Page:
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Handling Single Motherhood

QUESTION: I am a single mom of a 3-year-old daughter and 16-month-old twin boys who have medical conditions that require constant care. My soon to be ex-husband and I are not together because he threatened to kill me. My problem is that I have little time for my daughter. When I do find the time, I usually fall asleep in the middle of a project. Or she will do something wrong, and I yell at her. How can I make quality time for her? My husband wants nothing to do with his children.

ANSWER: You are doing the hardest work of all by separating from an abusive partner while your children are still young. Do not lose sight of the larger picture here: Your efforts to stem the tide of violence is not only responsible, but heroic.

You have already taken the first step by thinking of your daughter's needs. The next step is to replenish your own energy. Before you can expect to have more patience with your daughter, you must start thinking of yourself. And your patience will naturally grow as you recover from the stress of this past year.

Seek group support in your community from those who will understand. Your local county health department may put you in touch with free legal and support services for women who are in the process of separating (and staying separated) from abusive partners.

As for your daughter, consider simple ways to carve out special time without creating undue strain upon yourself. There are many ways to share that your thoughts are with her that won't require extra time in your day. A few ideas might include saving her the "special" seat next to you at the table, or a place beside you while watching a TV program, or reading her a nighttime story. Tell her about something during the day that reminded you of her. Offer her, and your boys, support instead of blame, understanding instead of criticism.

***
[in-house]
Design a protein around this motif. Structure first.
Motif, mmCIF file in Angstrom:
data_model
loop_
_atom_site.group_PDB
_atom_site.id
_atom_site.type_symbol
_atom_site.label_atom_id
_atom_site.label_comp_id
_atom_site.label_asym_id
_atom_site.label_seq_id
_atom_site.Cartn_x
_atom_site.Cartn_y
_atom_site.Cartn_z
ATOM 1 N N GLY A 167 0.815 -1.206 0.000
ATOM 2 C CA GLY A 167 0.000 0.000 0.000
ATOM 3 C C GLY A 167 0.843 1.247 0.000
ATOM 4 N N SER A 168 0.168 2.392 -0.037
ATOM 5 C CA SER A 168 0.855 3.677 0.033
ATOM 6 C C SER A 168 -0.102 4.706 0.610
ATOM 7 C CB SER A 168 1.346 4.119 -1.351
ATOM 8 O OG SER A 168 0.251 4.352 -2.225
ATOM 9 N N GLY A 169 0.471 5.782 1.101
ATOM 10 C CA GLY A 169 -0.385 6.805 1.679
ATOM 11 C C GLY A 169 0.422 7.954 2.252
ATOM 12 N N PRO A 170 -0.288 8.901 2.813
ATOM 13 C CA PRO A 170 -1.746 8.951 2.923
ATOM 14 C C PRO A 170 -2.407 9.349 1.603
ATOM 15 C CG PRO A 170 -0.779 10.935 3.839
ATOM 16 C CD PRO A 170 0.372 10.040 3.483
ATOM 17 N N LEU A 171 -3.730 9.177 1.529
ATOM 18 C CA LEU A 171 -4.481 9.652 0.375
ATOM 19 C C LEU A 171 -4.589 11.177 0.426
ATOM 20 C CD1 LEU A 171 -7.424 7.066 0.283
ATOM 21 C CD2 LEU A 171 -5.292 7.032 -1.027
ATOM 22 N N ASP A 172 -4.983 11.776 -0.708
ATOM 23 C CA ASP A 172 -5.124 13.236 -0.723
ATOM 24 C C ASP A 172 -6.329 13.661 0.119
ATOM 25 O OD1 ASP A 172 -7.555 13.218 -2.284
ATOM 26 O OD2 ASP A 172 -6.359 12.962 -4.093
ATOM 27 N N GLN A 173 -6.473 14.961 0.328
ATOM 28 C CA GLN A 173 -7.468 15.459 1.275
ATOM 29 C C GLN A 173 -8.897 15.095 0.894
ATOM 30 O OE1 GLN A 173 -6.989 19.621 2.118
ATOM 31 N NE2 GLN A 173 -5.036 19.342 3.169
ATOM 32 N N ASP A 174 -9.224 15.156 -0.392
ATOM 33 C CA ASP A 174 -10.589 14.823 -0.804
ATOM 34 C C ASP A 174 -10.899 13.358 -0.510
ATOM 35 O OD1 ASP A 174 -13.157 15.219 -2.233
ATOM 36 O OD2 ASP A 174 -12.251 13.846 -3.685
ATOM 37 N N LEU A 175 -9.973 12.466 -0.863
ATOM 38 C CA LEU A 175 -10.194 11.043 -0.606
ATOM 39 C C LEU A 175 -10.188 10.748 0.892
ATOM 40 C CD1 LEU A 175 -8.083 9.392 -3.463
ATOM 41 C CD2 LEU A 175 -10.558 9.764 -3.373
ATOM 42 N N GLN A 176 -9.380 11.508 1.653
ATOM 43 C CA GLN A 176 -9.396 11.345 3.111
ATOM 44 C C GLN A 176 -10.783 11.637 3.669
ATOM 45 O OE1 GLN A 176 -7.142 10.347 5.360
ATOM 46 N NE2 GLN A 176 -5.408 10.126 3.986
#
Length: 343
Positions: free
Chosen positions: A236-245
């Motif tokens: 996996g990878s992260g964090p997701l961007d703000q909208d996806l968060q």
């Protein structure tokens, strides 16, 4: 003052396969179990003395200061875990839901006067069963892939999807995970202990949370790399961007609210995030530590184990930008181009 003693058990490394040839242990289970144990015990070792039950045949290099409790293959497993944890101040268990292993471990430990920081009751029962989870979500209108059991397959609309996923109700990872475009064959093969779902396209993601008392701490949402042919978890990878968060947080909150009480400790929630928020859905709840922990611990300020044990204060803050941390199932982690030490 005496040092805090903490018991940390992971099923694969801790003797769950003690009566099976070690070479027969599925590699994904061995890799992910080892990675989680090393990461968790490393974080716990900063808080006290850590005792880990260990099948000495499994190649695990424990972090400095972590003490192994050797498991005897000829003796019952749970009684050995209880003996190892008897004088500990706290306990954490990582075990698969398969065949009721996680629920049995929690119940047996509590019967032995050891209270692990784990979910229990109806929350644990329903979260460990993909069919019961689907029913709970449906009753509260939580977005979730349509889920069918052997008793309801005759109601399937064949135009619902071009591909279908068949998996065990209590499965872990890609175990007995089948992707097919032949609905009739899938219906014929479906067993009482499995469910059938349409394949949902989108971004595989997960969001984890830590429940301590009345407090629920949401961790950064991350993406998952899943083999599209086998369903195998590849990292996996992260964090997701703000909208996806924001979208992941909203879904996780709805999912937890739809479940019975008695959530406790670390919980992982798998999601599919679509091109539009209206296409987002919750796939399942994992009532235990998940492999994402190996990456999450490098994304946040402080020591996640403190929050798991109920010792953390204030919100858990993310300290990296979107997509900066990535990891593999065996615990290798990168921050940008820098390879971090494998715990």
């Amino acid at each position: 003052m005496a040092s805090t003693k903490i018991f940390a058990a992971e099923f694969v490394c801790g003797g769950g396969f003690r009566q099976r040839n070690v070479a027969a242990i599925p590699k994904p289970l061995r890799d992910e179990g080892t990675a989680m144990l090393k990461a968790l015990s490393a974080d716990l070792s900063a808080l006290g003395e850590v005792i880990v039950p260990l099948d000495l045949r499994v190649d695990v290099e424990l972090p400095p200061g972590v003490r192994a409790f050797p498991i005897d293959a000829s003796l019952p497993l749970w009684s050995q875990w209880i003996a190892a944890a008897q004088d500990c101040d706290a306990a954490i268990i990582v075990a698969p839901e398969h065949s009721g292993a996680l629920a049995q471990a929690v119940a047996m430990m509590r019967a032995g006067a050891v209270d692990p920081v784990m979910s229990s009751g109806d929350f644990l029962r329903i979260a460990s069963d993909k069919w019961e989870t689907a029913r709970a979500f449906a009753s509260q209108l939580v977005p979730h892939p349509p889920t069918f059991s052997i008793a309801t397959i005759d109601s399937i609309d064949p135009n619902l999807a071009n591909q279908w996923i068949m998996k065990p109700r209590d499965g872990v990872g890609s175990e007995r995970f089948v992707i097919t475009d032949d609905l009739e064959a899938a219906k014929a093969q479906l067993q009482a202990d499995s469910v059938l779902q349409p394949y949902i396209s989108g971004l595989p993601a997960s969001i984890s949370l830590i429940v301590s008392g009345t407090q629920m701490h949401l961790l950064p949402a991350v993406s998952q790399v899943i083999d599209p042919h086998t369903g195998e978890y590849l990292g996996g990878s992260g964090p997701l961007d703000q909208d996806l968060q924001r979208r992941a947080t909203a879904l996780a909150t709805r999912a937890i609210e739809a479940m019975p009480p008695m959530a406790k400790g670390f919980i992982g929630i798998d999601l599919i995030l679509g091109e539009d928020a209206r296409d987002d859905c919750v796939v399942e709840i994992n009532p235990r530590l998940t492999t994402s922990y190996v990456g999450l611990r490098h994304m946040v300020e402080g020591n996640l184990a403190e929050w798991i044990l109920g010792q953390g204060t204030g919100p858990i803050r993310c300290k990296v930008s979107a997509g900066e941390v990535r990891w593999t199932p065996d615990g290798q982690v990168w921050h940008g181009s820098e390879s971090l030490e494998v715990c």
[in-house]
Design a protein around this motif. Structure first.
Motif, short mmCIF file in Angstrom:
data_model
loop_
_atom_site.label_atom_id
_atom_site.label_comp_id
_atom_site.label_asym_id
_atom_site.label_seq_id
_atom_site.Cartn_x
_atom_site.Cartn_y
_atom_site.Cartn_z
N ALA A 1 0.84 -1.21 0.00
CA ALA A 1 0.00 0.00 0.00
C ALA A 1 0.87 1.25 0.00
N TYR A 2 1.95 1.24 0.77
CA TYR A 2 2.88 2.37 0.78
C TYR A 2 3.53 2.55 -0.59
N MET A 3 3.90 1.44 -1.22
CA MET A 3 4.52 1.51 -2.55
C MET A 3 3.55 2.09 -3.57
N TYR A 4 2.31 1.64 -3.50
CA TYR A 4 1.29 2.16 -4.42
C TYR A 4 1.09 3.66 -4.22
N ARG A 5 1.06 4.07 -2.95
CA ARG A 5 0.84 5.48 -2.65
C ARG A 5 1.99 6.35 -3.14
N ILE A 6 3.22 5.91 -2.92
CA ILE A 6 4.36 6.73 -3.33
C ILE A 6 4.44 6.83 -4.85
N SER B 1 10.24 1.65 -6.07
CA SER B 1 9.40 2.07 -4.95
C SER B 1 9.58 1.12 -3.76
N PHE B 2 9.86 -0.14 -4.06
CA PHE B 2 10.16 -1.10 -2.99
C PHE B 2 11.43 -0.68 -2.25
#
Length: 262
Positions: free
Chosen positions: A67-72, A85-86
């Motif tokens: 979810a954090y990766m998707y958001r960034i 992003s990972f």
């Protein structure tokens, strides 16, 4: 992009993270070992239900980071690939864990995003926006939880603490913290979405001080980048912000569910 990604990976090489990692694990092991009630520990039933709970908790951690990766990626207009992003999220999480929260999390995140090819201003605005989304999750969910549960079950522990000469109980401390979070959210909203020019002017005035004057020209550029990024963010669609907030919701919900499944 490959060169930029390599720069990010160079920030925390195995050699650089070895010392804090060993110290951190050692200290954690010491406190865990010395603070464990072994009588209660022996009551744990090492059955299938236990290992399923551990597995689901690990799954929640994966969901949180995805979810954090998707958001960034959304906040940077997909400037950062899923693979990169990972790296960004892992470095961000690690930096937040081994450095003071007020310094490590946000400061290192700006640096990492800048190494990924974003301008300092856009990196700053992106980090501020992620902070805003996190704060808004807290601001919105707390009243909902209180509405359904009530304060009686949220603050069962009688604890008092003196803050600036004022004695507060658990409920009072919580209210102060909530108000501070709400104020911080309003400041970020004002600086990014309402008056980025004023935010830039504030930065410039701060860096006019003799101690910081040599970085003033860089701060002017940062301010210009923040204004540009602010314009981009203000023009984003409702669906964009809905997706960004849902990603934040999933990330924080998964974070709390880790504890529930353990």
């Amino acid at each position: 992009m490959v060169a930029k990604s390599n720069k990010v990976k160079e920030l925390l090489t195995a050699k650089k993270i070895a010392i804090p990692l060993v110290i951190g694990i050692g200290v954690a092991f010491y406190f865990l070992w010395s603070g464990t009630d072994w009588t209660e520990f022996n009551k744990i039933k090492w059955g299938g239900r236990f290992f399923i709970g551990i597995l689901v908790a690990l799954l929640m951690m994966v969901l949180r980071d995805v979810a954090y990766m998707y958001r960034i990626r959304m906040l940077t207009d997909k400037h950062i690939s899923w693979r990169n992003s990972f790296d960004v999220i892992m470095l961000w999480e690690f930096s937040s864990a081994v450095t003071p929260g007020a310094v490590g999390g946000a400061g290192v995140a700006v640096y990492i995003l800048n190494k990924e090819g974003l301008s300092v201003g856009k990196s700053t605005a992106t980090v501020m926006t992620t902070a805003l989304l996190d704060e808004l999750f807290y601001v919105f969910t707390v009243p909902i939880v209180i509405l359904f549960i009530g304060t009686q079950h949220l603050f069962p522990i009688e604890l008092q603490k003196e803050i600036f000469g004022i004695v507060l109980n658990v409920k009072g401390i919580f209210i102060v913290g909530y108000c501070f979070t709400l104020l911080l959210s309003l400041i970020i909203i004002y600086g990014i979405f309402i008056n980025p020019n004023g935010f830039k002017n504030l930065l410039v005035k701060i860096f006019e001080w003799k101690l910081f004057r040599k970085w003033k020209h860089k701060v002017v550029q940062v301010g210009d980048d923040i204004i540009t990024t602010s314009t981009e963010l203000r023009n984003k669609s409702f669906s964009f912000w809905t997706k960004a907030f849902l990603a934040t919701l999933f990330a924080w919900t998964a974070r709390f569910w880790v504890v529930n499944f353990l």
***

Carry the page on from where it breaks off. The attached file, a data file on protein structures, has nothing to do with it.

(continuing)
Keep projects as simple and relaxing as possible. Put on a song, for example, and sing a favorite tune together with your feet up. Comb each other's hair. For now, avoid activities that require too much energy. Accept your own limitations rather than pushing yourself past them.

These small things let her know that she holds a special place in your heart. Giving compliments are not time-intensive: share with her what you like about her personality, such as her ability to express herself well.

When you need to discipline your daughter, do not let it interfere with the special time you have set aside for her. Delay the consequences of her behavior if necessary. Let her know she will be going to bed fifteen minutes early because of a misbehavior, but do not let her conduct undermine the intent of your time together.

Be honest and share with your daughter when you are tired. Try not to over- compensate for your husband's failings. Doing so will only lead to exhaustion and feelings of inadequacy. You are a "good enough" mother to your children. Do not feel guilty because you are understandably exhausted these days!

Never forget that you are stemming the tide of violence that not only would have swept through your life, but the lives of your grandchildren, too. It is a lot of work to turn this around, but your children will have less on their shoulders because of it. Future generations will be rewarded because you handled your problems instead of running away from them.

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Gayle Peterson, MSSW, LCSW, PhD is a family therapist specializing in prenatal and family development. She trains professionals in her prenatal counseling model and is the author of An Easier Childbirth, Birthing Normally and her latest book, Making Healthy Families. Her articles on family relationships appear in professional journals and she is an oft-quoted expert in popular magazines such as Woman's Day, Mothering and Parenting. . She also serves on the advisory board for Fit Pregnancy Magazine.

Dr. Gayle Peterson has written family columns for ParentsPlace.com, igrandparents.com, the Bay Area's Parents Press newspaper and the Sierra Foothill's Family Post. She has also hosted a live radio show, "Ask Dr. Gayle" on www.ivillage.com, answering questions on family relationships and parenting. Dr. Peterson has appeared on numerous radio and television interviews including Canadian broadcast as a family and communications expert in the twelve part documentary "Baby's Best Chance". She is former clinical director of the Holistic Health Program at John F. Kennedy University in Northern California and adjunct faculty at the California Institute for Integral Studies in San Francisco. A national public speaker on women's issues and family development, Gayle Peterson practices psychotherapy in Oakland, California and Nevada City, California. She also offers an online certification training program in Prenatal Counseling and Birth Hypnosis. Gayle and is a wife, mother of two adult children and a proud grandmother of three lively boys and one sparkling granddaughter..

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